A professional resume must adhere to acceptable formatting.
Fancy scrolled typefaces have no place on a professional resume. Most successful professional resume writers choose a simple font (such as Arial, Garamond, Times New Roman or Verdana).
Although the headings may be printed slightly larger, the basic text of the professional resume ought to be 11-point or 12-point. This makes the contents inviting, clear and readable to prospective employers.
A professional resume must aim for a polished, but professional, appearance.
Appearances do count, particularly with professional resumes. In today’s competitive workplace, a prospective employer might receive dozens (or even hundreds) of professional resumes for a single job opening.
Savvy employment applicants will consider the value of producing professional resumes on quality paper stock. Wrinkles, smears, stains and other disfiguring marks do not belong on a professional resume.
By all means, a professional resume must be printed on neutral bond paper, such as white, ivory, light tan, or grey. In most cases, black ink should be used. Rarely, a very dark brown, navy or charcoal ink might be chosen, if it coordinates subtly with the paper stock.
A professional resume must stay short and simple.
Human relations pundits perennially debate the page-length question. Must a professional resume be limited to a single page? Generally, for an entry-level job, a single page professional resume ought to suffice. For a middle- to upper-management slot, a two-page resume may be acceptable.
Anything over two pages is considered superfluous. Even if a highly qualified individual seeks a Presidential Cabinet position, his or her professional resume need not exceed two pages.
Prospective employers simply will not read multiple pages, particularly when they must wade through countless candidates’ submissions.
A professional resume must be proofread carefully.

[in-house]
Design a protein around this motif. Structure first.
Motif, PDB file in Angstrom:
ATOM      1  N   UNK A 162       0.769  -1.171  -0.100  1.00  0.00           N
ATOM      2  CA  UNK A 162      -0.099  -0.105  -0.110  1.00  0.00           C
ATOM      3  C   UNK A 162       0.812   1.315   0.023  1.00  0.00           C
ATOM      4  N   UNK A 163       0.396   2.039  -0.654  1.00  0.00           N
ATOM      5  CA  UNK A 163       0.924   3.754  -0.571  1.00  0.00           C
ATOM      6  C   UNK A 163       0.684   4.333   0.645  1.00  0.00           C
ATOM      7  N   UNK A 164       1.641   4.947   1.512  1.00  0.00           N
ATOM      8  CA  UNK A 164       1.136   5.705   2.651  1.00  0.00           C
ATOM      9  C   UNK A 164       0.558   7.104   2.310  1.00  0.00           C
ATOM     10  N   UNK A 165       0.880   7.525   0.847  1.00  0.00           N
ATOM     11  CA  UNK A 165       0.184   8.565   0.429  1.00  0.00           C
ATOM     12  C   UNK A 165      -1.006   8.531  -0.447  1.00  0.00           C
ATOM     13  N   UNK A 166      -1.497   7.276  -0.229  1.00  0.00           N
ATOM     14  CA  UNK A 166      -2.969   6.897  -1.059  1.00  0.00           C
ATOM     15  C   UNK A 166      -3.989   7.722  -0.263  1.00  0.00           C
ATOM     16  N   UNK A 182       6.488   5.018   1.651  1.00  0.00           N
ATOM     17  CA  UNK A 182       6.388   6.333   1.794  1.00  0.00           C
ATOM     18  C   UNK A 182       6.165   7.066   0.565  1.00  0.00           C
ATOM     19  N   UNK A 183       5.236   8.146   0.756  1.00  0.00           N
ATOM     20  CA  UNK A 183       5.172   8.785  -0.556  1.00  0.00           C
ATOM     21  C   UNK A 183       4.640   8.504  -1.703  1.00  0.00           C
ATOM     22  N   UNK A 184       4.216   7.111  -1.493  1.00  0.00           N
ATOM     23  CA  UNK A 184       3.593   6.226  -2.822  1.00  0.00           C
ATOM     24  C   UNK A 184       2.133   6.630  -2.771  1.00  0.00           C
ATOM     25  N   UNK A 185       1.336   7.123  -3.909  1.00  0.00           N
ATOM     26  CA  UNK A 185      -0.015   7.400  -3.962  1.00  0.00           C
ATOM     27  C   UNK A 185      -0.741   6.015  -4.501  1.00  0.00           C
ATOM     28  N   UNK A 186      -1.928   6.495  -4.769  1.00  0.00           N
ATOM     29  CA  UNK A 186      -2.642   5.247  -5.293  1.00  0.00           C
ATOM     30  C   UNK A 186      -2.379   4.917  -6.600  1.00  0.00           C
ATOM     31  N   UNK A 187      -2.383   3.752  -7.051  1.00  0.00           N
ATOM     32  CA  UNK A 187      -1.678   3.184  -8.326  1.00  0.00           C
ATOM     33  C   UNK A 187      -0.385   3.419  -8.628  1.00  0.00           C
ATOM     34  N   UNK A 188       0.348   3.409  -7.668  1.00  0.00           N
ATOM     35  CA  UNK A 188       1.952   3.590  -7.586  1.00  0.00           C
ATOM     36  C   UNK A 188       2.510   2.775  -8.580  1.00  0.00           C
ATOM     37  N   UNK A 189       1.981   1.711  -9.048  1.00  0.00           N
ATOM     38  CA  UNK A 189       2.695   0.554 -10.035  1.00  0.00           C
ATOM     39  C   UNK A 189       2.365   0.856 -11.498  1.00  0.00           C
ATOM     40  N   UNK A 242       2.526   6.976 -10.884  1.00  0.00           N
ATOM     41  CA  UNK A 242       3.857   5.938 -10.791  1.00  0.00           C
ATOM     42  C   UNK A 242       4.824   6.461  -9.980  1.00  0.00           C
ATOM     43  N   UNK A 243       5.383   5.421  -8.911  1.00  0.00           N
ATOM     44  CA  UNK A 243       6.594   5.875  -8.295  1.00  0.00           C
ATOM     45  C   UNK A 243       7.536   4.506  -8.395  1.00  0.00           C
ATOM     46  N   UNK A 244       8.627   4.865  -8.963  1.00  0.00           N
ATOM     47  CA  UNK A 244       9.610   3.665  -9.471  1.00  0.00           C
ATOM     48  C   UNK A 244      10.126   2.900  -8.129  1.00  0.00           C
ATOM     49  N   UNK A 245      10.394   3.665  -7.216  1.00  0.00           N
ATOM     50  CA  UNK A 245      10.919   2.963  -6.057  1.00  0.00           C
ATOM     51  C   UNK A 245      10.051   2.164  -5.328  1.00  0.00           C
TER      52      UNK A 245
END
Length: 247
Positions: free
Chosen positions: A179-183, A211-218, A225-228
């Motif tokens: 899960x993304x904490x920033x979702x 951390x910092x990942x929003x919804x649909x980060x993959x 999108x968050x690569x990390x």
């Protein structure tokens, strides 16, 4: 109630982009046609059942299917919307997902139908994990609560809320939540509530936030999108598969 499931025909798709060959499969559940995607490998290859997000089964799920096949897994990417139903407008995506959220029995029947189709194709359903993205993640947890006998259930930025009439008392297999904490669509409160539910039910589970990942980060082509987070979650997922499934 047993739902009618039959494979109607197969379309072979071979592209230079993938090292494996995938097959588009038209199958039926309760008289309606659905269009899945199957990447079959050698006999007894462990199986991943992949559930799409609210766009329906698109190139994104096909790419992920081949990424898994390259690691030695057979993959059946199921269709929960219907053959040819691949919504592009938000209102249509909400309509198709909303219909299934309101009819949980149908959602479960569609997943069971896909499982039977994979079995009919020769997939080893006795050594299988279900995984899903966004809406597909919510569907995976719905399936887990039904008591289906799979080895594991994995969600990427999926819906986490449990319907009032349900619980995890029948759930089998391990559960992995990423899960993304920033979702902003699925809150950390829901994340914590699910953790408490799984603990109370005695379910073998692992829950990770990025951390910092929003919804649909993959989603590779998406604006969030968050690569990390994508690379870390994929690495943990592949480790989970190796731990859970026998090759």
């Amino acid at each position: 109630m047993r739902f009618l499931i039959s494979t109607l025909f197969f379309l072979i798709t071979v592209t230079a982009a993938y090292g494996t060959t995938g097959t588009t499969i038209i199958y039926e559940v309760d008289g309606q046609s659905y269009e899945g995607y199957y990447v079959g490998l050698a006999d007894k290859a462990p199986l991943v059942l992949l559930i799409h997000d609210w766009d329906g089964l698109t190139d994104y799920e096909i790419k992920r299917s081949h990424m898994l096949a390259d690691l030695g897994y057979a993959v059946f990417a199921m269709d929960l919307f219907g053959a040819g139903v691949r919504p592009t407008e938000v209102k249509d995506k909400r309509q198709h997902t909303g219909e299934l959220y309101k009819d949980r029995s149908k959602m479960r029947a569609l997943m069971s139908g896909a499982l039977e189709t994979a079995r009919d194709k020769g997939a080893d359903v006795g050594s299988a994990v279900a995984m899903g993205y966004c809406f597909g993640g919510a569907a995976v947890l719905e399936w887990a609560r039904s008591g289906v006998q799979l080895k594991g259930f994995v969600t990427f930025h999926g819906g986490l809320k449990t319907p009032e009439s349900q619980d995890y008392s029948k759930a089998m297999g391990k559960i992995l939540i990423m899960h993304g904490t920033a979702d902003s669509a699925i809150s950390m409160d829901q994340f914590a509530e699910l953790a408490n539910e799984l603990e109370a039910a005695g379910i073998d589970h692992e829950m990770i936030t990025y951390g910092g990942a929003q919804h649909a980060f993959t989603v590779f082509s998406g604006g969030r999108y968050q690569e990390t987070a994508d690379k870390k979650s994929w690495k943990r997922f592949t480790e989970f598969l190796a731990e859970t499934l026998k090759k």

Nothing can disqualify an employment applicant faster, in virtually any career field, than a professional resume filled with grammatical errors and misspelled words. Employment applicants must proofread their professional resumes carefully, using their computers’ spell check programs, reading and re-reading and enlisting the assistance of other capable readers to check for any unspotted mistakes.
A professional resume must include a well-written cover letter.
Because the professional resume is a straightforward document, using no first-person (“I,” “me” or “mine”) or second-person (“you,” “your” or “yours”) pronouns, it is almost universally submitted with an accompanying cover letter.
The cover letter offers the employment applicant an opportunity to demonstrate both creativity and personality, within accepted boundaries. Beginning with a statement of interest in a particular career path or job opening, the cover letter then highlights two to three key features from the professional resume. Finally, the letter asks for an opportunity to interview for the job and indicates when and how the employment applicant will follow up with the letter’s recipient.
A professional resume must have a targeted audience.
Even the most professional resume of all can never be effective, unless it is placed in the proper hands. A bit of research can help an employment applicant determine where potential jobs may exist and to whom he or she ought to direct an inquiry.
When the professional resume is submitted, the accompanying cover letter ought to be addressed to the person who actually has authority to make an offer of employment. Of course, his person’s name must be spelled correctly, and his or her current job title ought to be included.
Far too many employment applicants simply fire off professional resumes to every advertisement in the local newspaper classifieds. Others post their professional resumes somewhat blindly in response to a myriad of online job listings.
Here’s a simple guideline. If an applicant is not even remotely qualified for a position, it is fruitless to apply for the job. In fact, by doing so, that individual may undermine his or her own career credibility.
However, an applicant who does a little digging and discovers specific ways his or her background and experience may benefit a potential employer is much more likely to gain a positive response to an employment inquiry.
A professional resume is the passport to a first interview.
If these ten steps are followed, the employment applicant will be well-equipped to request an employment interview and potentially receive an opportunity to present his or her capabilities and character in person.